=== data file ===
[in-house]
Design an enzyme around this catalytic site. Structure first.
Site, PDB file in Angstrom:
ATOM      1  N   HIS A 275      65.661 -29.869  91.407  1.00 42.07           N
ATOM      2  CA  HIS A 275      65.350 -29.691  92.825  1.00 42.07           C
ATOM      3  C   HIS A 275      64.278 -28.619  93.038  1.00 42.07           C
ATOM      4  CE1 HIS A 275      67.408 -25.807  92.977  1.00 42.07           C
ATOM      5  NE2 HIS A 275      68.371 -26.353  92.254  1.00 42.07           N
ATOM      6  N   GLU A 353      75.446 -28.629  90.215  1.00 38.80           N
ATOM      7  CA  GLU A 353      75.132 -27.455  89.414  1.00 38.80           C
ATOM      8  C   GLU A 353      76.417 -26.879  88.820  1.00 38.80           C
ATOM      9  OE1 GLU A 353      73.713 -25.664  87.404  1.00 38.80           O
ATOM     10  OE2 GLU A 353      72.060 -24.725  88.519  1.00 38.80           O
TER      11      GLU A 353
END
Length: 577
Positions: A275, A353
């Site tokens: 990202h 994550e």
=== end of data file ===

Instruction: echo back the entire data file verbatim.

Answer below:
[in-house]
Design an enzyme around this catalytic site. Structure first.
Site, PDB file in Angstrom:
ATOM      1  N   HIS A 275      65.661 -29.869  91.407  1.00 42.07           N
ATOM      2  CA  HIS A 275      65.350 -29.691  92.825  1.00 42.07           C
ATOM      3  C   HIS A 275      64.278 -28.619  93.038  1.00 42.07           C
ATOM      4  CE1 HIS A 275      67.408 -25.807  92.977  1.00 42.07           C
ATOM      5  NE2 HIS A 275      68.371 -26.353  92.254  1.00 42.07           N
ATOM      6  N   GLU A 353      75.446 -28.629  90.215  1.00 38.80           N
ATOM      7  CA  GLU A 353      75.132 -27.455  89.414  1.00 38.80           C
ATOM      8  C   GLU A 353      76.417 -26.879  88.820  1.00 38.80           C
ATOM      9  OE1 GLU A 353      73.713 -25.664  87.404  1.00 38.80           O
ATOM     10  OE2 GLU A 353      72.060 -24.725  88.519  1.00 38.80           O
TER      11      GLU A 353
END
Length: 577
Positions: A275, A353
């Site tokens: 990202h 994550e």